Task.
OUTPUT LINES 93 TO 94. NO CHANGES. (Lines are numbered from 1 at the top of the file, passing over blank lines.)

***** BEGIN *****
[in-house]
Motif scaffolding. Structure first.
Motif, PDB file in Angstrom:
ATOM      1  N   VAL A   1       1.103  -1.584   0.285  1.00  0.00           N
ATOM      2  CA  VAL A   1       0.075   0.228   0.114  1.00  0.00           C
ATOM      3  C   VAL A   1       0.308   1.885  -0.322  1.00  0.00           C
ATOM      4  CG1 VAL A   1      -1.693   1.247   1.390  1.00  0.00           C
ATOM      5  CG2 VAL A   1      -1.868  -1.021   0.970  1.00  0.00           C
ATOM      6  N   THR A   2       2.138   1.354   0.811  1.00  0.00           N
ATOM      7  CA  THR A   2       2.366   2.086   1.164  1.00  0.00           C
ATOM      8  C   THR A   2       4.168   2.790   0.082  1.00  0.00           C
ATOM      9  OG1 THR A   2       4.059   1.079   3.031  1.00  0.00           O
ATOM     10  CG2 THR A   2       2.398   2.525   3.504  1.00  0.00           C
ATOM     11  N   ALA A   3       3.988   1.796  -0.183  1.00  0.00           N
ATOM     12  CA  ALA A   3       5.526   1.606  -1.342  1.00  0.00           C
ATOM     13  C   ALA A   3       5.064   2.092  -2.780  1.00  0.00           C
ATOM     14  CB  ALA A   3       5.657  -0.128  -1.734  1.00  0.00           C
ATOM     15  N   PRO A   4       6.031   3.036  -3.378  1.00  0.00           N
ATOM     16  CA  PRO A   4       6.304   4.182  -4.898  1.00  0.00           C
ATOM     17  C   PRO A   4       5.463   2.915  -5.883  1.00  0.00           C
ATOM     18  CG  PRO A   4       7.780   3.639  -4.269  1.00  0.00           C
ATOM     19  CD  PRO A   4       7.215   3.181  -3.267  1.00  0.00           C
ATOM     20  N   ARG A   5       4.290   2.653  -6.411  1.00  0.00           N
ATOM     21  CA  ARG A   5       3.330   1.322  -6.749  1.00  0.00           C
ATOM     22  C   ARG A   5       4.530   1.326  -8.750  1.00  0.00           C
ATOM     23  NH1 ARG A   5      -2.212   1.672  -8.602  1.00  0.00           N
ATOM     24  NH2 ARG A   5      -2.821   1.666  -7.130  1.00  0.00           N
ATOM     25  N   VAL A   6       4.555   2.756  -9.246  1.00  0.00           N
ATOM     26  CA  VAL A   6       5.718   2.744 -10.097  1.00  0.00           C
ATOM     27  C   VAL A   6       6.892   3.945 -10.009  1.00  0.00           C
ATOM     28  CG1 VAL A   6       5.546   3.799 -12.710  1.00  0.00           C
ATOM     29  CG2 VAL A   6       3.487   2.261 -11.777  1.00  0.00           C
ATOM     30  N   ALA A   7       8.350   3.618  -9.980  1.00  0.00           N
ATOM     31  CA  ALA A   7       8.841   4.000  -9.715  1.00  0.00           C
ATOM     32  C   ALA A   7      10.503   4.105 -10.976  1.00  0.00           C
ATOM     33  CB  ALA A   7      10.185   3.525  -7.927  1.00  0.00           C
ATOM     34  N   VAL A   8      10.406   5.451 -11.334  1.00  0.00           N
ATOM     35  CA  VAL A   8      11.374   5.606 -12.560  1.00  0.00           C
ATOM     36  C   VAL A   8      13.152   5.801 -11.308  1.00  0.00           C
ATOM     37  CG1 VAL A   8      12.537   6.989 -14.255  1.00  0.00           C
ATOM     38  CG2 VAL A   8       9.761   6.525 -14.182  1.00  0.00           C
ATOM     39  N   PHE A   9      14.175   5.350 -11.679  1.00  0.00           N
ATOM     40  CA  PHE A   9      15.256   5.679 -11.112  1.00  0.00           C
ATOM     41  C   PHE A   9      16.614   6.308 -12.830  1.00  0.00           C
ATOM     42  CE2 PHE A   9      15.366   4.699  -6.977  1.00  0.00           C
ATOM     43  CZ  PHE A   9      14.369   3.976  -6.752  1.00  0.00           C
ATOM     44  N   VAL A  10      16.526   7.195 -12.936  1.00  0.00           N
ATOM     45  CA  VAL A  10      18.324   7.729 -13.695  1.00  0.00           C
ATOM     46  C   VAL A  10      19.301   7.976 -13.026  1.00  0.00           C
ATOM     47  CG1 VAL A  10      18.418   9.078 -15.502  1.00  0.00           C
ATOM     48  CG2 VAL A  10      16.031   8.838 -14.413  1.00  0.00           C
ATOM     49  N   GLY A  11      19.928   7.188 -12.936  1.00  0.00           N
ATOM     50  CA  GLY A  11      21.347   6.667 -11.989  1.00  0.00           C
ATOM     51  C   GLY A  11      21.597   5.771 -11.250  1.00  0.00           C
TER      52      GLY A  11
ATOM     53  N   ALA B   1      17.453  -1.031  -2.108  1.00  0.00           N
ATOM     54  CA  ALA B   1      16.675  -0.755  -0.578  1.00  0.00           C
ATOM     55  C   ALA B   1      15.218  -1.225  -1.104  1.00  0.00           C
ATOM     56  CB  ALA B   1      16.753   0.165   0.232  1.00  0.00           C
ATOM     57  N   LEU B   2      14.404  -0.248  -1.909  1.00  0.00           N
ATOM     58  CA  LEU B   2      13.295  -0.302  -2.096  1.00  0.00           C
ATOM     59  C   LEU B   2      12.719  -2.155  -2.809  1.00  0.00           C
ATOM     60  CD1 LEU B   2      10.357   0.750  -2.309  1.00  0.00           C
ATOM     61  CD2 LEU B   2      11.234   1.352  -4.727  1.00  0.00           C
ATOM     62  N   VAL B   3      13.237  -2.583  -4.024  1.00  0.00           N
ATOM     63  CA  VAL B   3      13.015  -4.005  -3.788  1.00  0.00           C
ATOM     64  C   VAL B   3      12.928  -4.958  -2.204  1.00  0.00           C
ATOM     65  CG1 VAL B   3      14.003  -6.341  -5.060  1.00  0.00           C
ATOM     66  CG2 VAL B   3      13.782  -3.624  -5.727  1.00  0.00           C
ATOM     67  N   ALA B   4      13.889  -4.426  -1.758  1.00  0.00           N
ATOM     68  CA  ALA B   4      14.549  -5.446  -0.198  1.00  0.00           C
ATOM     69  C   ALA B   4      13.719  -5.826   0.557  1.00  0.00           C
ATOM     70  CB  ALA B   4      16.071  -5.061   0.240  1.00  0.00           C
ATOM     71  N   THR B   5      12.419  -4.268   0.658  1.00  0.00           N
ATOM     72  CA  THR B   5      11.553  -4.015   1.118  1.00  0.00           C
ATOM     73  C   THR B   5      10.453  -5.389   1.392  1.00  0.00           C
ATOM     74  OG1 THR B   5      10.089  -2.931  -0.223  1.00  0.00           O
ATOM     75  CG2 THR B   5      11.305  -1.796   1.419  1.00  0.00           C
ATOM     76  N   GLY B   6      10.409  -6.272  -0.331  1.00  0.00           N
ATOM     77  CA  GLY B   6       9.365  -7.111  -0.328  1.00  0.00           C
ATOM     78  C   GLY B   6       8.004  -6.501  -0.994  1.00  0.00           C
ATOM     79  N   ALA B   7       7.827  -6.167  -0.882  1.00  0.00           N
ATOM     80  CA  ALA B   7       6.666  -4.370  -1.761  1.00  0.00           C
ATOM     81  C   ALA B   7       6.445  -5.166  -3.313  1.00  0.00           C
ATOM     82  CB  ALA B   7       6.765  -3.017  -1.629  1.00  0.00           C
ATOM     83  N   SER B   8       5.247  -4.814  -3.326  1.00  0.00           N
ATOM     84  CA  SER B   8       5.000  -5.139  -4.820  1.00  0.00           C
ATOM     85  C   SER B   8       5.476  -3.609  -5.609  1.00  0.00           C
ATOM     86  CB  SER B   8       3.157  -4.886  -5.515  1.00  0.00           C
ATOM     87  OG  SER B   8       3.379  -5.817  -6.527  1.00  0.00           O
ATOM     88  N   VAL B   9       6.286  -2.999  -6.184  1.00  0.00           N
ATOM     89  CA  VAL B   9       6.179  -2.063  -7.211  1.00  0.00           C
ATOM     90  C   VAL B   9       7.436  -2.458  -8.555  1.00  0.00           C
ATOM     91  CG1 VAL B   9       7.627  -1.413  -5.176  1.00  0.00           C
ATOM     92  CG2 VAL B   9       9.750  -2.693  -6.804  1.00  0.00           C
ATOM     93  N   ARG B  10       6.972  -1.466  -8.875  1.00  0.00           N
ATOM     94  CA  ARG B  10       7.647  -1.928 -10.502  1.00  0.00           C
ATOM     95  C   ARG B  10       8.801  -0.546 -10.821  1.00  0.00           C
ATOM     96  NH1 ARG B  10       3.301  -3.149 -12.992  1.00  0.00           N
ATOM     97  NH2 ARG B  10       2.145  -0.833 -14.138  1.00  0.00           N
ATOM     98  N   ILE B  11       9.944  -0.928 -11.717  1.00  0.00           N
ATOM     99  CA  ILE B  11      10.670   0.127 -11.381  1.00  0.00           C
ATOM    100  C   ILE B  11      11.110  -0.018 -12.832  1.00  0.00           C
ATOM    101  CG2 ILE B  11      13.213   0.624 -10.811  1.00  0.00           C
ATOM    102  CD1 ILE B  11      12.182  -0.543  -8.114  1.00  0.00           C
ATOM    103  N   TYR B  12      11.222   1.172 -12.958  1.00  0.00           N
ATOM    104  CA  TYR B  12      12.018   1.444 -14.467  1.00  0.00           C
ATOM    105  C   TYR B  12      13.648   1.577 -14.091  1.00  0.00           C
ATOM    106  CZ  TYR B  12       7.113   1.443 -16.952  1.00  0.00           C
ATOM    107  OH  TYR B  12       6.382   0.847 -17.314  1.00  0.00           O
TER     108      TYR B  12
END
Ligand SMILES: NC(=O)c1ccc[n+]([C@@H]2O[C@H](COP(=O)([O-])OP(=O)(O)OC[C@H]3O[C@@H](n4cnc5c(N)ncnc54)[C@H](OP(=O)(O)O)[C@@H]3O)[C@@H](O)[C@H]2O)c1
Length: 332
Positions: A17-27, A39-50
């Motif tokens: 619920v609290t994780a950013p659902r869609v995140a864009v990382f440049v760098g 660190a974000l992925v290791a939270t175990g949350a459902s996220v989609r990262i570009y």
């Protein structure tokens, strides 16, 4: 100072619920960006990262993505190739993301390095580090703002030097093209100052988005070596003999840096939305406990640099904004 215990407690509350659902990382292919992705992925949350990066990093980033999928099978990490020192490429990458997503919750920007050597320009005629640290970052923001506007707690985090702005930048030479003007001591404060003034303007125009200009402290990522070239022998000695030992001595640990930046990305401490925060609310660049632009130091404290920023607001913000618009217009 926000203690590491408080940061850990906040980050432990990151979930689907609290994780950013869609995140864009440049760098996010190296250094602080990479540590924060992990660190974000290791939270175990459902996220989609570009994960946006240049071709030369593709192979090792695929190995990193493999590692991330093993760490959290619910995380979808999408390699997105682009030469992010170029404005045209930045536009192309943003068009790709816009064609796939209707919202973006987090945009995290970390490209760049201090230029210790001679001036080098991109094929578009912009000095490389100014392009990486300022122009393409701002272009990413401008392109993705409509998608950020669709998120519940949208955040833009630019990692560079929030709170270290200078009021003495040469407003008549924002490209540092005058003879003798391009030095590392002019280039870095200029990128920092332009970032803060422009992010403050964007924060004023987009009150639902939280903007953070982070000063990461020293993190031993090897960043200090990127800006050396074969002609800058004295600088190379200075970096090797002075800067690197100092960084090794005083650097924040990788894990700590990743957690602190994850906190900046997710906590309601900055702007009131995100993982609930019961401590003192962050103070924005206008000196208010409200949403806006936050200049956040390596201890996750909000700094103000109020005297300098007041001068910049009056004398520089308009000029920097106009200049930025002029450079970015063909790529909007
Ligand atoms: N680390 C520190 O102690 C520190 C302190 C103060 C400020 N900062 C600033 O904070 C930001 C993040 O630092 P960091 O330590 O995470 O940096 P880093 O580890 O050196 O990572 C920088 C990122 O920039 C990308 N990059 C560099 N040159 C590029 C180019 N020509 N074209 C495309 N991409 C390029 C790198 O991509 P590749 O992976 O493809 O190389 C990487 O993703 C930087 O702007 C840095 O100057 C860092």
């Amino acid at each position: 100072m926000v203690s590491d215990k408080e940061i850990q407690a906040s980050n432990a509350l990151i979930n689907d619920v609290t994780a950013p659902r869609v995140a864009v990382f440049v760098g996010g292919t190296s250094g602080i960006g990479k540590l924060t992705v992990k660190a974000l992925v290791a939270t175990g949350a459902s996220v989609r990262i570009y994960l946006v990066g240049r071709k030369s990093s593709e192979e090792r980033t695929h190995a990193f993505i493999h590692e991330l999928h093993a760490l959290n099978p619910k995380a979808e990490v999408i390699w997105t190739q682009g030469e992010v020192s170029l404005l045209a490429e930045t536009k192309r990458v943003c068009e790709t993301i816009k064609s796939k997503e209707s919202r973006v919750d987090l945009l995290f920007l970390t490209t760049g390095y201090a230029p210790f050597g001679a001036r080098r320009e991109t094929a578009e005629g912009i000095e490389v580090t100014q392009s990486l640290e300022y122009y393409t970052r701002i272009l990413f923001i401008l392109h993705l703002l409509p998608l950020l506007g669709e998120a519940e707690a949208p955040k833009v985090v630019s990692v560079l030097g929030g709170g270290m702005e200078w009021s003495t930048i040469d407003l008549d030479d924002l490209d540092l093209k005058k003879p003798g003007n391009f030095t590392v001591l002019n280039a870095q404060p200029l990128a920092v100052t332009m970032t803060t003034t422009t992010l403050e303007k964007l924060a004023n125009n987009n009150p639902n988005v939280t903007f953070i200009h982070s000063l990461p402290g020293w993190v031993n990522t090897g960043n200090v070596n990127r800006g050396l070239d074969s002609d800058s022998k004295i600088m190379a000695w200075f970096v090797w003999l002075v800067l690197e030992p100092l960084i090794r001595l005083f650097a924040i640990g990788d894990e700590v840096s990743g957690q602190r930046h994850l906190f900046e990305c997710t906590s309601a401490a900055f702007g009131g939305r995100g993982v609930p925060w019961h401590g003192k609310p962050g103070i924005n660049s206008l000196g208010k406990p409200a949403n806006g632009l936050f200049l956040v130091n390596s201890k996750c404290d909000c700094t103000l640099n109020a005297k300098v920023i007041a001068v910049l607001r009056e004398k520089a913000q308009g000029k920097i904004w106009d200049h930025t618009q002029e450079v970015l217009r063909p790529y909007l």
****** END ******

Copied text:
ATOM     90  C   VAL B   9       7.436  -2.458  -8.555  1.00  0.00           C
ATOM     91  CG1 VAL B   9       7.627  -1.413  -5.176  1.00  0.00           C